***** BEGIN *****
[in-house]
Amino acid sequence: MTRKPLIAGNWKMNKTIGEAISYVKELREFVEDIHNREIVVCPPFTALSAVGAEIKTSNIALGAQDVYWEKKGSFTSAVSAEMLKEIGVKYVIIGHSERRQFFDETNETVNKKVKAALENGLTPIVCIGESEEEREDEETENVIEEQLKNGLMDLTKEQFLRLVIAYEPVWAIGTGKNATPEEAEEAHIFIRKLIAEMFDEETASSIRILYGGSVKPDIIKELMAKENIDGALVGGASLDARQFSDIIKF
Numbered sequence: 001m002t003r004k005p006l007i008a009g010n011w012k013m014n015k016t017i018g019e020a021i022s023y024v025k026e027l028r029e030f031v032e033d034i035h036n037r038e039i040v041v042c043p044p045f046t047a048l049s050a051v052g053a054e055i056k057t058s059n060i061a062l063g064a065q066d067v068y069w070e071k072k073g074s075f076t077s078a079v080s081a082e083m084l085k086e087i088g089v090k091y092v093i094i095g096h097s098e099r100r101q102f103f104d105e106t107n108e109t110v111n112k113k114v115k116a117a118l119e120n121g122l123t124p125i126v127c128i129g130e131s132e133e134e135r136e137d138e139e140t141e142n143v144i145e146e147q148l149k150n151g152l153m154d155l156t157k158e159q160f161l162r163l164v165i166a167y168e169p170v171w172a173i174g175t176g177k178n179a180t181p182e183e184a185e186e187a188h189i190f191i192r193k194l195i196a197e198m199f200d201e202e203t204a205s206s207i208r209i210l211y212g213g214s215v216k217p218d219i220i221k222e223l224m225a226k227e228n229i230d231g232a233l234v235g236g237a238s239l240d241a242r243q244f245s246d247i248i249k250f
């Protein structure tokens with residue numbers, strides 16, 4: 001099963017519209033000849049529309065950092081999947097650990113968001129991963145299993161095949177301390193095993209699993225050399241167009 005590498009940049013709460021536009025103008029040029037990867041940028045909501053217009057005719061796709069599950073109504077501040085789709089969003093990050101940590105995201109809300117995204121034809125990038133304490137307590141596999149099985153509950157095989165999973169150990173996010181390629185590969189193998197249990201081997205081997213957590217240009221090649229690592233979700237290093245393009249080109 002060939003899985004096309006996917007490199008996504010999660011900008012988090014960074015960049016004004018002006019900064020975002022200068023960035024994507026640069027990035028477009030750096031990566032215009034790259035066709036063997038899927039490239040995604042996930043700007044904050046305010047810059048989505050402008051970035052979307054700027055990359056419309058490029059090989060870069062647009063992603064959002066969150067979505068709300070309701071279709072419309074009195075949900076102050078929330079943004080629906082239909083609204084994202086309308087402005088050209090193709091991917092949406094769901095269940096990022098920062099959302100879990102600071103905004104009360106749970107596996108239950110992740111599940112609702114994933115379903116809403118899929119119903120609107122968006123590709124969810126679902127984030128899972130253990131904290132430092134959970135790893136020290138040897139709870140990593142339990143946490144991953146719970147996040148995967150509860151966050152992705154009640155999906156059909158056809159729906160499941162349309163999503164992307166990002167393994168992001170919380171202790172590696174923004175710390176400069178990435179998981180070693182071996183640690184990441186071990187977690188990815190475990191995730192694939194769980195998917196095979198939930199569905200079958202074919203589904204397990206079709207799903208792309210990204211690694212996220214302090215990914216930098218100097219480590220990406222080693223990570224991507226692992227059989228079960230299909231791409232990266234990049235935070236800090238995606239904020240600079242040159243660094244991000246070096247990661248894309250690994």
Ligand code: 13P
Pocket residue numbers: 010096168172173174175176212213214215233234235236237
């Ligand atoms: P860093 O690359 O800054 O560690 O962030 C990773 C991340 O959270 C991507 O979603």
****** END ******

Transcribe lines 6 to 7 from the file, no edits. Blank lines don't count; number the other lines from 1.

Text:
Pocket residue numbers: 010096168172173174175176212213214215233234235236237
């Ligand atoms: P860093 O690359 O800054 O560690 O962030 C990773 C991340 O959270 C991507 O979603």